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How to make the transition from video conferencing to a physical church service. 

By Dan Meakin – Course Leader for BA (Hons) Event Technology & Head of Technical Services.

If your church is currently meeting over Zoom or Meet or similar services, this will sound familiar. Maybe you come from a small church that had never considered online services until a global pandemic and lockdown, or maybe you’re from a large and tech-savvy church and you’ve found the transition easy. Hopefully the following will help you improve the audio/visual elements of your digital, physical, or hybrid church services, no matter what your technical background is.

Opening the Window – Connecting in an Online-Only Context

If you really were communicating with someone through windows in an adjacent tower, you would take certain logical steps in order to make this conversation easier. For example, you would probably open the windows and turn all the lights on to ensure they could see and hear you. It’s important we take the same logical steps to ensure our online conversations are visually and aurally clear – this will make communication clearer.

Turning the light on: visuals & lighting

  •  There are some simple things you can do to correct your lighting, like adding secondary light sources (don’t underestimate the power of a well-placed lamp) or rotating so that you’re not face on to a window – natural light can be your best friend if you find the right placement.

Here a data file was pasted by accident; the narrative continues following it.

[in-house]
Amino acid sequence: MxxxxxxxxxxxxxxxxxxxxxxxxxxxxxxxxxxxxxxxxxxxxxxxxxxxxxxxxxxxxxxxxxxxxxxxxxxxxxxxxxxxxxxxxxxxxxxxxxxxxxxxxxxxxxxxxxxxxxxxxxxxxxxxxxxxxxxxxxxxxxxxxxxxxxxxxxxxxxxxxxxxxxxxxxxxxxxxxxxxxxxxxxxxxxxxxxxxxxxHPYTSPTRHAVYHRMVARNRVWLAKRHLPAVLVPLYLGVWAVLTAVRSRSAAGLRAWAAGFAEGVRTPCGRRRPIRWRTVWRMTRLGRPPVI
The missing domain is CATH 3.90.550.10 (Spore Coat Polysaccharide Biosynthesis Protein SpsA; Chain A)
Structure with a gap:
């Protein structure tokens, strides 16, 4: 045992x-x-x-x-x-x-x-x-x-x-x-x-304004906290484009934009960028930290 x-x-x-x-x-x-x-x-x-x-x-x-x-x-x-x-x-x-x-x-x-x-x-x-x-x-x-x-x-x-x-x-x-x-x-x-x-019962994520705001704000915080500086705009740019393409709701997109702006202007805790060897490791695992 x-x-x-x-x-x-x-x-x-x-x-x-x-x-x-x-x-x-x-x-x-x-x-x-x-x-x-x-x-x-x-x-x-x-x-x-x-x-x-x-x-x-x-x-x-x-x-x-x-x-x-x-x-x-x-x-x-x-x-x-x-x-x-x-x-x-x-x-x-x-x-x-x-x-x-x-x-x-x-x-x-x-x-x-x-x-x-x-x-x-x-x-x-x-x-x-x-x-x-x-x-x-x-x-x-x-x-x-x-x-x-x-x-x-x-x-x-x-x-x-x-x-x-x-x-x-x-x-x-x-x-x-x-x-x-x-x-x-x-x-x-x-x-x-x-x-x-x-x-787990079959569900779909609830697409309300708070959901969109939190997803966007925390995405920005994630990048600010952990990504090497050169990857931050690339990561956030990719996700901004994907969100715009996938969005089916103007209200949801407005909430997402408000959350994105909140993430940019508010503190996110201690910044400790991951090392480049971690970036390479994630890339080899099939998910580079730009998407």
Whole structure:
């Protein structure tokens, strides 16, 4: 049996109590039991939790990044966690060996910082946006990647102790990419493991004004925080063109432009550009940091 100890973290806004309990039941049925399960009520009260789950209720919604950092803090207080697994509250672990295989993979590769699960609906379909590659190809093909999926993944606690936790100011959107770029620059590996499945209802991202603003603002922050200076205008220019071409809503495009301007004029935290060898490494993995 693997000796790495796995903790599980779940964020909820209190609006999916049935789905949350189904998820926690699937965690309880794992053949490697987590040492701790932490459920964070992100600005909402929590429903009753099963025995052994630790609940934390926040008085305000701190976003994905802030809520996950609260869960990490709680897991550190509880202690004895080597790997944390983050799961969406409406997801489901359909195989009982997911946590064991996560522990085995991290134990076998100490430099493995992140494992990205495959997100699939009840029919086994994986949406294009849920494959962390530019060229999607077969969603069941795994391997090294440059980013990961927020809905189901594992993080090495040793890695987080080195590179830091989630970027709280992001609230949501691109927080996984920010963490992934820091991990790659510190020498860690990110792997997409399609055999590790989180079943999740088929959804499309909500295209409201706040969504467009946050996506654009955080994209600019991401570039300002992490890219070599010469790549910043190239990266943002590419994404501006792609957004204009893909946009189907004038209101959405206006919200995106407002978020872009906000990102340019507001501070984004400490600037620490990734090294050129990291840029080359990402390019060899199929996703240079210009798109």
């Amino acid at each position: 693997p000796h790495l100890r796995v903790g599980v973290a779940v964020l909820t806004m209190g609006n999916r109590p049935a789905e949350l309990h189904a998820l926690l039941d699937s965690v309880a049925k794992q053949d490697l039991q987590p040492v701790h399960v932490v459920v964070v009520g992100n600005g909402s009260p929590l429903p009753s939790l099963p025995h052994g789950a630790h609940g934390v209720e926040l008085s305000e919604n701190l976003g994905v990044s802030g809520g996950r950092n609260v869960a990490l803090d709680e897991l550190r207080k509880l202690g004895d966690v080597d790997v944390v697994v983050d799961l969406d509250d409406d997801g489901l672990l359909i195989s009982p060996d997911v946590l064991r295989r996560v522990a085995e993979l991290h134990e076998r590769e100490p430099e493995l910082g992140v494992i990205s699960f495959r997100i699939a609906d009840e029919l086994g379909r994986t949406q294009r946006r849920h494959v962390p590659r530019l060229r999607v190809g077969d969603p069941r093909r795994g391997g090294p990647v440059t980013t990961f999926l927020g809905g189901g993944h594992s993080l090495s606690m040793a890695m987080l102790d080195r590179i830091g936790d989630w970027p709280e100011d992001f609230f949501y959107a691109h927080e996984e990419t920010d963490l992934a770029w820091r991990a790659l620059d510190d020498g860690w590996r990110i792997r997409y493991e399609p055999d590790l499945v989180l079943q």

• Write some guidelines on how to compose a webcam shot so that it’s aesthetically pleasing without being distracting. Sending these guidelines out to church leaders can raise the overall standard of your church’s online content. 

Opening the window: spoken audio

The real technical challenge with conference calls is not the video but the audio, as I’m sure we’re all familiar with by now. A built-in mic in a boxy home office is always going to be uncomfortable to listen to.  

  • Use wired earphones and an external mic and get it as close to the speaker as possible. This could even be the cheap earphone/mic set that came with a mobile phone.  
  • Add some drapes and as many soft furnishings as possible to absorb as much sound as possible in the room.  

Opening the window: worship audio

The worship can be much more of a challenge, as the conference call audio processing tries to actively kill the tones of an acoustic guitar or keyboard, even if played back from a pre-recorded video. This is the same even if we bypass the noise cancelling on our device, as it’s still engaged on all the devices listening, especially mobiles.  There are, however, a few ways you can minimise these problems.

  • Pre-record the worship using DAW software and file sharing systems, allowing for more processed audio and a more comfortable sound.  
  • If we broadcast to Facebook or YouTube directly from our videoconference application, the noise cancelling isn’t needed as it turns into a one-way stream and the audio is a lot better.